The monomers are conveniently added in amounts giving the reaction mixture a content of from about 0.2 to about 5% by weight and perferably from about 0.4 to 1.4% by weight of double bonded carbon atoms (C=C). The added weights of monomer are thus dependent on the molecular weight of the monomers used and are preferably not more than about 10% by weight. We have found that additions of only about 2% by weight of monomer are often sufficient to give adequate gelling of the reaction mixture on irradiation.

Particularly suitable monomers are those having at least two C--C double bonds which may be crosslinked or photopolymerized by irradiation optionally in the presence of a photoinitiator, for example polyolefinically unsaturated carboxylates, e.g. diesters of aliphatic or cycloaliphatic diols of preferably from 2 to 10 and in particular from 2 to 6 carbon atoms such as ethylene glycol, propylene glycol, butanediol-1,4, hexanediol-1,6 and cyclohexanediol-1,4 and monoethylenically unsaturated monocarboxylic acids of from 3 to 5 carbon atoms such as acrylic and methacrylic acids, e.g. ethyleneglycol diacrylate, ethyleneglycol dimethacrylate, butanediol-1,4 diacrylate, butanediol-1,4 dimethacrylate, hexanediol-1,6 diacrylate and cyclohexanediol-1,4 diacrylate, or triesters of aliphatic triols of from 3 to 10 carbon atoms such as glycerol and trimethylpropane and monoethylenically unsaturated monocarboxylic acids of from 3 to 5 carbon atoms such as acrylic acid and methacrylic acid, also polyfunctional vinyl esters of polycarboxylic acids, in particular divinyl esters of aliphatic or aromatic, preferably C4 -8 dicarboxylic acids optionally containing an olefinic double bond, for example divinyl oxalate, divinyl maleate and divinyl fumarate, vinyl esters of monoolefinically unsaturated preferably C3 -5 monocarboxylic acids, for example vinyl methacrylate, vinyl crotonate and vinyl acrylate, allyl carboxylic esters, particularly those of saturated or monoolefinically unsaturated C3 -8 dicarboxylic acids, for example diallyl phthalate, allyl acrylate, allyl methacrylate, diallyl maleate, diallyl oxalate, diallyl adipate and allyl α-chloroacrylate. Such unsaturated carboxylates usually have two or three olefinic double bonds and from 5 to 20 and in particular from 5 to 14 carbon atoms and may or may not be derived from substituted carboxylic acids, e.g. halocarboxylic acids, particularly α-chloro-substituted monoolefinically unsaturated monocarboxylic acids.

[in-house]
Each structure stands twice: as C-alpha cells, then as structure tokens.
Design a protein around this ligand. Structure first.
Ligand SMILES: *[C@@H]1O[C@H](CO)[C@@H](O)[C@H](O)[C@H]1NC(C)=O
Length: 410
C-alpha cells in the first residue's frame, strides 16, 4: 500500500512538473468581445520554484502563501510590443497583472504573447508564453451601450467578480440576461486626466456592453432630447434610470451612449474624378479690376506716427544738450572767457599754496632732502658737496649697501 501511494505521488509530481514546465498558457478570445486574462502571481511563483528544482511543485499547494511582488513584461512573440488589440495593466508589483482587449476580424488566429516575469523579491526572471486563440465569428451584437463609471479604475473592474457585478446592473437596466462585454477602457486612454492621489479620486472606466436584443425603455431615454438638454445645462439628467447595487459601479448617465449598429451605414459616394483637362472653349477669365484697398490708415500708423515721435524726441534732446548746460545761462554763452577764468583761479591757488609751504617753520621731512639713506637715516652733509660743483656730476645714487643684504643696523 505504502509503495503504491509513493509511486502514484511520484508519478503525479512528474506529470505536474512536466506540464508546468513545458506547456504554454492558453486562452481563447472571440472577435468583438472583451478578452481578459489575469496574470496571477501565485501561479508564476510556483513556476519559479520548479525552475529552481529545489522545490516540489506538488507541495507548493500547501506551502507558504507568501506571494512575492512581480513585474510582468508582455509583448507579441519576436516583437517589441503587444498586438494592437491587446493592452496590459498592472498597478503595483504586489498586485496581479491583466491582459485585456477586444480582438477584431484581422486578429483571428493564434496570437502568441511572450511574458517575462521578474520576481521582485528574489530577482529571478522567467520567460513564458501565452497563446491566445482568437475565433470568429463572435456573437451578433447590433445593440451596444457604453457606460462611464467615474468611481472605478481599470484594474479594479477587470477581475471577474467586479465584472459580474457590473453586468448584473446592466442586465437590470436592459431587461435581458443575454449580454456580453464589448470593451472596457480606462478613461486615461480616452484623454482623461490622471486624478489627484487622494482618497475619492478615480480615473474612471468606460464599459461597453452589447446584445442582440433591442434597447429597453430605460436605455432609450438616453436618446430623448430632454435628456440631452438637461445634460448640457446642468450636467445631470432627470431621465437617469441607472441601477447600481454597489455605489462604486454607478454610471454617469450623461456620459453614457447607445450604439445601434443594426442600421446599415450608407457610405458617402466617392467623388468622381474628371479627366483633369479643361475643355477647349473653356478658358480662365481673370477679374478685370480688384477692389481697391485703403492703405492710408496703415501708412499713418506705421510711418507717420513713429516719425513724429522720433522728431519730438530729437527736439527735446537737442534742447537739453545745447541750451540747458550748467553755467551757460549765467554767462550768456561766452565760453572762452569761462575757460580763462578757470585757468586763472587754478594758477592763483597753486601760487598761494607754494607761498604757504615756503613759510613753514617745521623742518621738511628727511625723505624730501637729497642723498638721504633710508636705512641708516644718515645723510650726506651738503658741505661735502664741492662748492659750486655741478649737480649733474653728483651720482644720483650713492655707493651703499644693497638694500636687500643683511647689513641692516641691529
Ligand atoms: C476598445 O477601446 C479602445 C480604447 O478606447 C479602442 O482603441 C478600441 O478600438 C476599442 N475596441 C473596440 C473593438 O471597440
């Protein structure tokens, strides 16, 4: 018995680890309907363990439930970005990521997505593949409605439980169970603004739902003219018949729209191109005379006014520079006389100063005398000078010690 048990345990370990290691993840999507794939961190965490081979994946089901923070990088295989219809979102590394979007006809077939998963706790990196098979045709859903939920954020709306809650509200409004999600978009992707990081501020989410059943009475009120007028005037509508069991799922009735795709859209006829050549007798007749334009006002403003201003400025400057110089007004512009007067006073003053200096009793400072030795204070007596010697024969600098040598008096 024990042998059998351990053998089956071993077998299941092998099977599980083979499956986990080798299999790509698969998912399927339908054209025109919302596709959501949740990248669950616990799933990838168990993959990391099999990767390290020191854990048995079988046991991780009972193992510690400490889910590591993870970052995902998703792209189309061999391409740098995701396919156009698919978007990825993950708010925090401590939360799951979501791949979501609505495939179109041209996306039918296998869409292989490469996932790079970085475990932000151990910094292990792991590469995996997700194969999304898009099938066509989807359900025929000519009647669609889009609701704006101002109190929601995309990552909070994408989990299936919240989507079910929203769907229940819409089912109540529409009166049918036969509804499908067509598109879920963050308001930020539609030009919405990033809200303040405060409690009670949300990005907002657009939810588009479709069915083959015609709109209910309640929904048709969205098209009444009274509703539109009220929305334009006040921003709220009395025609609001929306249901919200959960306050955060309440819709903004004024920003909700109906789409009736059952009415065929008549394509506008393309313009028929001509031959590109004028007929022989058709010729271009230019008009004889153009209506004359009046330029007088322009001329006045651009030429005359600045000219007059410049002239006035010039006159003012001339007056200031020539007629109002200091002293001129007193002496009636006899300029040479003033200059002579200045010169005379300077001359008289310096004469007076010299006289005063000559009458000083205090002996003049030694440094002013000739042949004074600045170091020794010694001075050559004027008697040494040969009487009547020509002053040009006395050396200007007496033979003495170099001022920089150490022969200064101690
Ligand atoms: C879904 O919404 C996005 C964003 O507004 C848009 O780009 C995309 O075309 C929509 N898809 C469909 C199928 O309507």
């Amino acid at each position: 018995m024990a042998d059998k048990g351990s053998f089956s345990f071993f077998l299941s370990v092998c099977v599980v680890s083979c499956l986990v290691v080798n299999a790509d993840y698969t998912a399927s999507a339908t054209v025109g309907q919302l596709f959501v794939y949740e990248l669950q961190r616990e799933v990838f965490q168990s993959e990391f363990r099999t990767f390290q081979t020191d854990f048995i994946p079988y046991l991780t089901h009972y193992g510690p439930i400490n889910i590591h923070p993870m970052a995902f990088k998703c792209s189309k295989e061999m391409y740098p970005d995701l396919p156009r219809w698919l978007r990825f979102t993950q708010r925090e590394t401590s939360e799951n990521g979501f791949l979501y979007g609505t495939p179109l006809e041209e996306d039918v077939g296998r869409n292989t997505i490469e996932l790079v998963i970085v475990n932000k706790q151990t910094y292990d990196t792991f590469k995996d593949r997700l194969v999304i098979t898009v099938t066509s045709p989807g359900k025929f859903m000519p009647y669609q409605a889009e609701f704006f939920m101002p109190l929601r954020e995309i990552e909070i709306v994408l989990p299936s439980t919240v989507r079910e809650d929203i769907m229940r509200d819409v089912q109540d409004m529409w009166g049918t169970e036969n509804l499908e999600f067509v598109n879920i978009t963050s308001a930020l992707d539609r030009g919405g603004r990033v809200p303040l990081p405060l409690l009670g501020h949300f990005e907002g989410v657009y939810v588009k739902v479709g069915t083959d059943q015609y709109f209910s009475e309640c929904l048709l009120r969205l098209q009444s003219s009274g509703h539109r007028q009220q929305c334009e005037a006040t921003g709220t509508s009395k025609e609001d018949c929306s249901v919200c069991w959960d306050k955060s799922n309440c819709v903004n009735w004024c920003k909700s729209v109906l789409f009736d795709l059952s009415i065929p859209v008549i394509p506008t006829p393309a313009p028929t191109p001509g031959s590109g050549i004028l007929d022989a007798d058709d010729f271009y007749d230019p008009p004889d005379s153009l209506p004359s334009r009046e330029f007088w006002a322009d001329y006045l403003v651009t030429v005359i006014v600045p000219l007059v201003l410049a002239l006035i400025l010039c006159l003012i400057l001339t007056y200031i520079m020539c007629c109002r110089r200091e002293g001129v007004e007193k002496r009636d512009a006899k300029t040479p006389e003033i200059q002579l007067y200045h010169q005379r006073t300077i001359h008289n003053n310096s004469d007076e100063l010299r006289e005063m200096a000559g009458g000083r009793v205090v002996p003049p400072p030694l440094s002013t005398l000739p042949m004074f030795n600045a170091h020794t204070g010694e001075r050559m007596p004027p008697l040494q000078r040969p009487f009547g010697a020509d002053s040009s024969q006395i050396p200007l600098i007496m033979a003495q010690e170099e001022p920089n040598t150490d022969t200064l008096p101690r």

Other polyolefinically unsaturated monomers which are suitable are polyolefinically unsaturated carbonamides, e.g. methylene-bisacrylamide and diamides of acrylic or methacrylic acid and diamines, particularly aliphatic diamines containing from 2 to 6 carbon atoms, such as N,N'-ethylene-bis-acrylamide, N,N'-ethylene-bis-methacrylamide and N,N'-hexamethylene-bis-acrylamide, and also diethers of aliphatic or cycloaliphatic diols of from 2 to 10 and preferably from 2 to 6 carbon atoms, such as ethylene glycol and butanediol-1,4, and N-methylolacrylamide or N-methylolmethacrylamide.

Instead of using only monomers having at least two C--C multiple bonds it is possible, in certain cases, particularly for the purpose of achieving better compatibility, to use mixtures of monomers containing at least 50% by weight of such monomers and also from 0.1 to 50% by weight of photocopolymerizable monoethylenically unsaturated monomers such as acrylates and/or methacrylates of alkanols of from 1 to 8 carbon atoms and in particular of from 1 to 4 carbon atoms, acrylates and/or methacrylates of cycloalkanols of 5 or 6 carbon atoms in the ring or of polyhydric, particularly dihydric or trihydric, alcohols of from 2 to 6 carbon atoms, and also acrylamides and/or methacrylamides or their N-methylol compounds or their N-methylol ethers of alcohols of from 1 to 4 carbon atoms. Examples of suitable monomers are the methyl, ethyl, n-propyl, n-butyl, isobutyl, cyclohexyl and 2-ethylhexyl esters of acrylic and methacrylic acids, 2-hydroxyethyl acrylate, 1,4-butanediol monoacrylate, 3-chloro-2-hydroxypropyl acrylate, acrylamide, methacrylamide, N-methylolacrylamide, N-methylolmethacrylamide, N-methylolacrylamide methyl ether and N-methylolmethacrylamide n-butyl ether. These monomers may also be advantageously used in admixture with each other.

The reaction mixture of the polyurethane starting compounds and photocrosslinkable monomer(s) may advantageously have added thereto small amounts of photopolymerization initiators, i.e. compound which dissociate into free radicals under the action of light or UV irradiation or which produce free radicals by reactions caused by the action of light or UV irradiation, which radicals initiate polymerization. Examples of suitable photoinitiators are vicinal ketaldonyl compounds such as diacetyl and benzyl, α-ketaldonyl alcohols such as benzoin, acyloin ethers such as benzoin methyl ether, benzoin isopropyl ether and α-methylolbenzoin methyl ether and α-substituted aromatic acyloins such as α-methylbenzoin, aromatic ketones and aldehydes such as benzophenone, propiophenone and benzaldehyde. The photopolymerization initiators are generally added in amounts of from 0.001 to 10% and preferably from 0.01 to 5% by weight of the monomers.